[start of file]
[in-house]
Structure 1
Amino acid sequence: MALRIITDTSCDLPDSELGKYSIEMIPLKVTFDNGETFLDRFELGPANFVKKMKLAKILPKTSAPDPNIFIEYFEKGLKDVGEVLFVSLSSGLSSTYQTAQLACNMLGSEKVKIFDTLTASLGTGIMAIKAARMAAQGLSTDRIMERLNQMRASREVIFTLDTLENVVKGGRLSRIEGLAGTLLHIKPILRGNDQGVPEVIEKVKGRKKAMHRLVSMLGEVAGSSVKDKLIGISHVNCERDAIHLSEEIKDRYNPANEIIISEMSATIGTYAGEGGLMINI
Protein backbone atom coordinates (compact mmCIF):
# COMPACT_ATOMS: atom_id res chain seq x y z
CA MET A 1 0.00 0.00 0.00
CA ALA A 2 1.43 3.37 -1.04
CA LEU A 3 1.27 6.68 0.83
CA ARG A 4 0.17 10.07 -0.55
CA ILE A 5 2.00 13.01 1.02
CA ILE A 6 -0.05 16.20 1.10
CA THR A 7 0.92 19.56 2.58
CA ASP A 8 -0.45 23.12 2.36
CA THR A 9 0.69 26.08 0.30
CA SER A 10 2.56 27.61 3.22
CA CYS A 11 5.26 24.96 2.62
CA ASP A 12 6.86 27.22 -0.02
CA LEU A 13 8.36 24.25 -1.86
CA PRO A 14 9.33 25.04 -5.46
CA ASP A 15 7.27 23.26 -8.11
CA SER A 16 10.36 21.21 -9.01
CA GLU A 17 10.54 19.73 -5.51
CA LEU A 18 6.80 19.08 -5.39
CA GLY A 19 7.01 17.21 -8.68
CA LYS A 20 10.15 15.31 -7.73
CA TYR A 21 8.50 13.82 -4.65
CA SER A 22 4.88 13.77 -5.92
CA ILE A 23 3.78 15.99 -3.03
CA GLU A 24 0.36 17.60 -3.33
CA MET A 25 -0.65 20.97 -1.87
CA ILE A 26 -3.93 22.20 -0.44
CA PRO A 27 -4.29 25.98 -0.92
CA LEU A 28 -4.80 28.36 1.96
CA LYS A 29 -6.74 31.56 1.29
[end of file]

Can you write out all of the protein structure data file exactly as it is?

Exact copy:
[in-house]
Structure 1
Amino acid sequence: MALRIITDTSCDLPDSELGKYSIEMIPLKVTFDNGETFLDRFELGPANFVKKMKLAKILPKTSAPDPNIFIEYFEKGLKDVGEVLFVSLSSGLSSTYQTAQLACNMLGSEKVKIFDTLTASLGTGIMAIKAARMAAQGLSTDRIMERLNQMRASREVIFTLDTLENVVKGGRLSRIEGLAGTLLHIKPILRGNDQGVPEVIEKVKGRKKAMHRLVSMLGEVAGSSVKDKLIGISHVNCERDAIHLSEEIKDRYNPANEIIISEMSATIGTYAGEGGLMINI
Protein backbone atom coordinates (compact mmCIF):
# COMPACT_ATOMS: atom_id res chain seq x y z
CA MET A 1 0.00 0.00 0.00
CA ALA A 2 1.43 3.37 -1.04
CA LEU A 3 1.27 6.68 0.83
CA ARG A 4 0.17 10.07 -0.55
CA ILE A 5 2.00 13.01 1.02
CA ILE A 6 -0.05 16.20 1.10
CA THR A 7 0.92 19.56 2.58
CA ASP A 8 -0.45 23.12 2.36
CA THR A 9 0.69 26.08 0.30
CA SER A 10 2.56 27.61 3.22
CA CYS A 11 5.26 24.96 2.62
CA ASP A 12 6.86 27.22 -0.02
CA LEU A 13 8.36 24.25 -1.86
CA PRO A 14 9.33 25.04 -5.46
CA ASP A 15 7.27 23.26 -8.11
CA SER A 16 10.36 21.21 -9.01
CA GLU A 17 10.54 19.73 -5.51
CA LEU A 18 6.80 19.08 -5.39
CA GLY A 19 7.01 17.21 -8.68
CA LYS A 20 10.15 15.31 -7.73
CA TYR A 21 8.50 13.82 -4.65
CA SER A 22 4.88 13.77 -5.92
CA ILE A 23 3.78 15.99 -3.03
CA GLU A 24 0.36 17.60 -3.33
CA MET A 25 -0.65 20.97 -1.87
CA ILE A 26 -3.93 22.20 -0.44
CA PRO A 27 -4.29 25.98 -0.92
CA LEU A 28 -4.80 28.36 1.96
CA LYS A 29 -6.74 31.56 1.29